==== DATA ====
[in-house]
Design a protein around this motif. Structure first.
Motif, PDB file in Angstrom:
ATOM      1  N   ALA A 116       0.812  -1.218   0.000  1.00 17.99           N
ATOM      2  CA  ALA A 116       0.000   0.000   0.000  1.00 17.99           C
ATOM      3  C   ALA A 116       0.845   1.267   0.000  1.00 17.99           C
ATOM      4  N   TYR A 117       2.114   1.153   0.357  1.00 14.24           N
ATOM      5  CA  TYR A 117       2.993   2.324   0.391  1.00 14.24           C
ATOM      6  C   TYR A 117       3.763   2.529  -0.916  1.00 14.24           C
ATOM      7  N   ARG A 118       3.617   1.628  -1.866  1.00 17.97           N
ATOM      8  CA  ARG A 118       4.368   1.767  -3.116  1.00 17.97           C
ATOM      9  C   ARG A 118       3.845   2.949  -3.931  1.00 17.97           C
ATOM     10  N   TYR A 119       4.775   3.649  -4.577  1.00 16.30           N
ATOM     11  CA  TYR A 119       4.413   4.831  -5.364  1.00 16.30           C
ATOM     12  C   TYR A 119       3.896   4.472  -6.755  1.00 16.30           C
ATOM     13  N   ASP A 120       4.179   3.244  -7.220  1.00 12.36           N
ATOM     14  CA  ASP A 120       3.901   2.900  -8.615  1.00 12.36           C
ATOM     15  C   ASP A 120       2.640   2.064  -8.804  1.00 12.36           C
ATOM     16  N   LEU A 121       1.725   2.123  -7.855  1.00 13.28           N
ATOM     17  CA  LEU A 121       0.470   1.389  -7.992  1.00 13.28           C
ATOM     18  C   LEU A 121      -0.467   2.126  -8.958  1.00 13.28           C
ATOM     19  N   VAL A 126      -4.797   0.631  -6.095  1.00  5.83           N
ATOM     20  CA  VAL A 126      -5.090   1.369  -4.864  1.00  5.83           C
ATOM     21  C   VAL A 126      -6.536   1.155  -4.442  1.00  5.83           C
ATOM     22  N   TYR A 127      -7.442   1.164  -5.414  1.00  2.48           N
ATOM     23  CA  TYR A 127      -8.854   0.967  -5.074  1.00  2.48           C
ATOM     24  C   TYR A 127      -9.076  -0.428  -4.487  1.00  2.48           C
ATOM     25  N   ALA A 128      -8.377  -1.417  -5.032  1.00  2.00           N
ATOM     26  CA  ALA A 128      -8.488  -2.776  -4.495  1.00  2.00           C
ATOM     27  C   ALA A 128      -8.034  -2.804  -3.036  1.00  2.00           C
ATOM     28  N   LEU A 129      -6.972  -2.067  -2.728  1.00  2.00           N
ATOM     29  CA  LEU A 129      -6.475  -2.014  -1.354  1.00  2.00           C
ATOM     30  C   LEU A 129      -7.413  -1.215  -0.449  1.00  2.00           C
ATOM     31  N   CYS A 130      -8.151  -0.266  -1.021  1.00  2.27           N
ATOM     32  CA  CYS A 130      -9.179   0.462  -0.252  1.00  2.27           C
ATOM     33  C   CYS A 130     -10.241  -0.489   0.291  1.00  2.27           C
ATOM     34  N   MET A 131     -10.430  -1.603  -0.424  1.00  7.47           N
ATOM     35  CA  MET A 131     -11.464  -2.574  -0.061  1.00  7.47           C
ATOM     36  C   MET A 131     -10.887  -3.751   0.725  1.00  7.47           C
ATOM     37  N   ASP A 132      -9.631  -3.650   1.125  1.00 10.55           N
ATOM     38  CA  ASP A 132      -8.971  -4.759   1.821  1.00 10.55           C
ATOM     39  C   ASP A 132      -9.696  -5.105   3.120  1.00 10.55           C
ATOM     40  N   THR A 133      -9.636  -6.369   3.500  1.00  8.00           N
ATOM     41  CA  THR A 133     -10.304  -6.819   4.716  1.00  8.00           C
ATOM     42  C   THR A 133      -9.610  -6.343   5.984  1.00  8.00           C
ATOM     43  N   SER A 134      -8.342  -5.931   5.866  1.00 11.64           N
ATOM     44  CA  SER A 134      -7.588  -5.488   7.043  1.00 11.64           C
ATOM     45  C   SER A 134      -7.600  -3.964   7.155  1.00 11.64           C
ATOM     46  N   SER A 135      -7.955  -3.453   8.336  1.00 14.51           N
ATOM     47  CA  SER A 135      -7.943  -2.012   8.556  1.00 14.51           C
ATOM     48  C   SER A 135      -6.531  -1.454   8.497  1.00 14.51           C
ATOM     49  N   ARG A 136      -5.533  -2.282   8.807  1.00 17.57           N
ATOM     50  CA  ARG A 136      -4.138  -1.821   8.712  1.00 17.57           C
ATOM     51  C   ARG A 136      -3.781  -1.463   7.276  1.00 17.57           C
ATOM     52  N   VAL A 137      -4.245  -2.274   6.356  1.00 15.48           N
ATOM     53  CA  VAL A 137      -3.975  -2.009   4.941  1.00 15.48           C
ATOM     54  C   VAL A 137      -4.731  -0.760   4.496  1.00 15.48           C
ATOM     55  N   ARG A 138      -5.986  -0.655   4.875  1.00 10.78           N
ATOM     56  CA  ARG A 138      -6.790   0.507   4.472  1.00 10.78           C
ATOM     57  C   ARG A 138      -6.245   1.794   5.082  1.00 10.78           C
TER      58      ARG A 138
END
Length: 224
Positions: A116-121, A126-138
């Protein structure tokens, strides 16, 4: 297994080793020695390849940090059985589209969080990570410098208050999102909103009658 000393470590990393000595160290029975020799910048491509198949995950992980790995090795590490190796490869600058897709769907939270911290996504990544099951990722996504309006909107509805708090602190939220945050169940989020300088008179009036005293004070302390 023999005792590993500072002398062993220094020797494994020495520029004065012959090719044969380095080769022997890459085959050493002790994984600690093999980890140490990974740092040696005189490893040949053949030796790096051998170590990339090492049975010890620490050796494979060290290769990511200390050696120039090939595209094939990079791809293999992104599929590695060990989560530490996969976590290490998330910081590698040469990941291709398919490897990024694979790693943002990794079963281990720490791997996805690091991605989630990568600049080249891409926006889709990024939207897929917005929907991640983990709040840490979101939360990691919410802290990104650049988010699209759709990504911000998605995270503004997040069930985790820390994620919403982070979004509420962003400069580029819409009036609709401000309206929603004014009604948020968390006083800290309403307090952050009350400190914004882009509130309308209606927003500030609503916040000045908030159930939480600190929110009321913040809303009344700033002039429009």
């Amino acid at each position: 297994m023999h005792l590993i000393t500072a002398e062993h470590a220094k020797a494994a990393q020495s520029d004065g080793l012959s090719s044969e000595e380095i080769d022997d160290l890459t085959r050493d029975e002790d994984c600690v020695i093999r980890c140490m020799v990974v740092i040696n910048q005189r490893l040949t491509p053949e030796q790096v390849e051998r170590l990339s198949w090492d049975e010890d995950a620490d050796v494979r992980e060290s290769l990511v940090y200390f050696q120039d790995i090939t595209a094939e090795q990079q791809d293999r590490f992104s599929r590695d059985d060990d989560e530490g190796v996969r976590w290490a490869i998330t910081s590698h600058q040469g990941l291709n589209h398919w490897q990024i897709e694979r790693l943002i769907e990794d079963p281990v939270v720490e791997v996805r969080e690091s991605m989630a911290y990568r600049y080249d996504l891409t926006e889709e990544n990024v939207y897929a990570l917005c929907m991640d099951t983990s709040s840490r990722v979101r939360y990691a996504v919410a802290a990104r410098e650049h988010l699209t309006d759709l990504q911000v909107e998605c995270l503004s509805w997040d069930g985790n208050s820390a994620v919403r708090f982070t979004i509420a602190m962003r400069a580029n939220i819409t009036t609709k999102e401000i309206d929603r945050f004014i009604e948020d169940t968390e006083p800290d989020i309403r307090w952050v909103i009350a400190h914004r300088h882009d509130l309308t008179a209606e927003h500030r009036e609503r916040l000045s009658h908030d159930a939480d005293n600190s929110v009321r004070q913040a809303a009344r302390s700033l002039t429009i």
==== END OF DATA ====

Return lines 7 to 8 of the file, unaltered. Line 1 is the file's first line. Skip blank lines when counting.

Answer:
ATOM      4  N   TYR A 117       2.114   1.153   0.357  1.00 14.24           N
ATOM      5  CA  TYR A 117       2.993   2.324   0.391  1.00 14.24           C